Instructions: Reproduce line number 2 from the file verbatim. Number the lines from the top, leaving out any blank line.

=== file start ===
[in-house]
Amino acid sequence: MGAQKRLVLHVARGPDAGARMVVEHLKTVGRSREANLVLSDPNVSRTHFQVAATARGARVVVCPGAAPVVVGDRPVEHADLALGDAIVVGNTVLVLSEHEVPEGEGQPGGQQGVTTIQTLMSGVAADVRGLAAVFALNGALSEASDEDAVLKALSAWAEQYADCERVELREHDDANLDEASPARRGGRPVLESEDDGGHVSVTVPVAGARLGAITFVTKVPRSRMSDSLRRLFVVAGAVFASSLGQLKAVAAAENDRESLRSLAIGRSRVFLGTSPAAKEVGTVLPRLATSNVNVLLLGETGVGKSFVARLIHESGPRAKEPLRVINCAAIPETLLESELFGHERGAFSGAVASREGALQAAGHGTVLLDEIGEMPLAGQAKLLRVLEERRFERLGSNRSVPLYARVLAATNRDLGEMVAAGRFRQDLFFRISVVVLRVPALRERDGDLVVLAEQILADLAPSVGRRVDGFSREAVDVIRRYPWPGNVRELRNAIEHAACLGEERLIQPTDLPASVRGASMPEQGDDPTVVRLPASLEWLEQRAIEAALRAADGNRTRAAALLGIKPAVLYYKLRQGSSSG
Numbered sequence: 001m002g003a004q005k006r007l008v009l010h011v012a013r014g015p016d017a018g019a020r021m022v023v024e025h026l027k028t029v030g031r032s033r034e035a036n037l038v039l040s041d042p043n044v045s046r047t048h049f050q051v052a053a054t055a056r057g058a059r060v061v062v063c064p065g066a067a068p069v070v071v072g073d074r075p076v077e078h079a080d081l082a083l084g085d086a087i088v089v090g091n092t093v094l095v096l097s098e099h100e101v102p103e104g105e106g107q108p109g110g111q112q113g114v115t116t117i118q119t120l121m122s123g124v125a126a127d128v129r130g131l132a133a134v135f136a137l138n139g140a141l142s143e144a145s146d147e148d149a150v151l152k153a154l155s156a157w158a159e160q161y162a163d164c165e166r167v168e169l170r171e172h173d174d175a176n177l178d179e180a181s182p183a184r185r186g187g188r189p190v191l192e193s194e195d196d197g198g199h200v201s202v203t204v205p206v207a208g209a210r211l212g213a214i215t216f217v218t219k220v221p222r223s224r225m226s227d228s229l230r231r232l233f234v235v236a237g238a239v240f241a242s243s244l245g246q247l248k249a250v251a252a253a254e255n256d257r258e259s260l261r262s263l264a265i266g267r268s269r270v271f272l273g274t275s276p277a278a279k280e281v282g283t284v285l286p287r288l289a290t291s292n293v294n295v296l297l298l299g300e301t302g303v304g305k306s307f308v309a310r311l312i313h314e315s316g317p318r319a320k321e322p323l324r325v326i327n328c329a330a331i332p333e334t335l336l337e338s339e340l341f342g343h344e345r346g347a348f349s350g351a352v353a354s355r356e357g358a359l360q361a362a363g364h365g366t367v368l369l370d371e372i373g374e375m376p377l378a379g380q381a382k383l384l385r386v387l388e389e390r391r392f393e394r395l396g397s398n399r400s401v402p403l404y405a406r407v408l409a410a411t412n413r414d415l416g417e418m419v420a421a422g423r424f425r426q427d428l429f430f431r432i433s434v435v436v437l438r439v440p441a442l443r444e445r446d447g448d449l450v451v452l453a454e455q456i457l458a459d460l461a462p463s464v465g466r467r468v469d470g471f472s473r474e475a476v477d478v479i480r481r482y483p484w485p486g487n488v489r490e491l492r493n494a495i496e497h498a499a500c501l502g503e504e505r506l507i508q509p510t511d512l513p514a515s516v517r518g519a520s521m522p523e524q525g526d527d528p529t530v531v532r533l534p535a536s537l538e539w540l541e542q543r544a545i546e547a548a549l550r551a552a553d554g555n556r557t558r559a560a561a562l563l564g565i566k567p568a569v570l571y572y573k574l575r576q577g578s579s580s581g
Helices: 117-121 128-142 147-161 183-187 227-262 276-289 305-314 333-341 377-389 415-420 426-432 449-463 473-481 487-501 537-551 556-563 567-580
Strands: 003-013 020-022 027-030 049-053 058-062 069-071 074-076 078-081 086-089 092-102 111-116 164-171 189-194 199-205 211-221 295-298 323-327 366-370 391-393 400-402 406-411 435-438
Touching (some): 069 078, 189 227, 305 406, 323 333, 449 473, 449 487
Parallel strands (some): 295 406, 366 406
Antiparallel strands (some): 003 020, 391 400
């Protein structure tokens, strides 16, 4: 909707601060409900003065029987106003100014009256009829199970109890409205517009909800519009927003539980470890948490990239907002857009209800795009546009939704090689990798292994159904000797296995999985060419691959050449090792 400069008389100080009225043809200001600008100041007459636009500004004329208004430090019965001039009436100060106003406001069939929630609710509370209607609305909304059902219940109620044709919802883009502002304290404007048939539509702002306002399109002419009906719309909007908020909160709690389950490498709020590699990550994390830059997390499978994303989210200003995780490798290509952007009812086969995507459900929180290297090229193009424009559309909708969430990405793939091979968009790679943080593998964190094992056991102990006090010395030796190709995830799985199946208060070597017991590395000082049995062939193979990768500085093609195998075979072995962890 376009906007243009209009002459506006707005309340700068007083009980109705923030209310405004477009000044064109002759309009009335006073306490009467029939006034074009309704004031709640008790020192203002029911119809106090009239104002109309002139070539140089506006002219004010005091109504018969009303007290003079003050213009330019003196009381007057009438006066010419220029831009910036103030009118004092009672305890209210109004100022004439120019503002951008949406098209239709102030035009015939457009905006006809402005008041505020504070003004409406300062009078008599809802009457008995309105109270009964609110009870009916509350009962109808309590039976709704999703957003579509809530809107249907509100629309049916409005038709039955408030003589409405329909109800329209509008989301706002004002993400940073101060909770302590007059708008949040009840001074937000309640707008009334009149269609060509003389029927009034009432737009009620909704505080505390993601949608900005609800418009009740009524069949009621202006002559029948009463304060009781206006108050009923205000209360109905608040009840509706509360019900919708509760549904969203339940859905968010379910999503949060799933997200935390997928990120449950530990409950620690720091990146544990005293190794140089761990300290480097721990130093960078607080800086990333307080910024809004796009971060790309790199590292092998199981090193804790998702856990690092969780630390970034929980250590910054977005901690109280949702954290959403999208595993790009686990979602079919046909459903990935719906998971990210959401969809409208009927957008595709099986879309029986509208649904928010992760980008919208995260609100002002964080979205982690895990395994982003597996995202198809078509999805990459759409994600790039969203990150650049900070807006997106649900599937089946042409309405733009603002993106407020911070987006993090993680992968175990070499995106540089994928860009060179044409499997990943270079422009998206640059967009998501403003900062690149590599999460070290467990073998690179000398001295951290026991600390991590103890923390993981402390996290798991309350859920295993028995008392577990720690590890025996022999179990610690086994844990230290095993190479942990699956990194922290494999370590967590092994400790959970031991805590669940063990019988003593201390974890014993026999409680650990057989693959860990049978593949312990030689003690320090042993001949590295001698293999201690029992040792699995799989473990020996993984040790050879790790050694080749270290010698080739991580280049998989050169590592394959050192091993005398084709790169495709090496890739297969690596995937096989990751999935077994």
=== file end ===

Amino acid sequence: MGAQKRLVLHVARGPDAGARMVVEHLKTVGRSREANLVLSDPNVSRTHFQVAATARGARVVVCPGAAPVVVGDRPVEHADLALGDAIVVGNTVLVLSEHEVPEGEGQPGGQQGVTTIQTLMSGVAADVRGLAAVFALNGALSEASDEDAVLKALSAWAEQYADCERVELREHDDANLDEASPARRGGRPVLESEDDGGHVSVTVPVAGARLGAITFVTKVPRSRMSDSLRRLFVVAGAVFASSLGQLKAVAAAENDRESLRSLAIGRSRVFLGTSPAAKEVGTVLPRLATSNVNVLLLGETGVGKSFVARLIHESGPRAKEPLRVINCAAIPETLLESELFGHERGAFSGAVASREGALQAAGHGTVLLDEIGEMPLAGQAKLLRVLEERRFERLGSNRSVPLYARVLAATNRDLGEMVAAGRFRQDLFFRISVVVLRVPALRERDGDLVVLAEQILADLAPSVGRRVDGFSREAVDVIRRYPWPGNVRELRNAIEHAACLGEERLIQPTDLPASVRGASMPEQGDDPTVVRLPASLEWLEQRAIEAALRAADGNRTRAAALLGIKPAVLYYKLRQGSSSG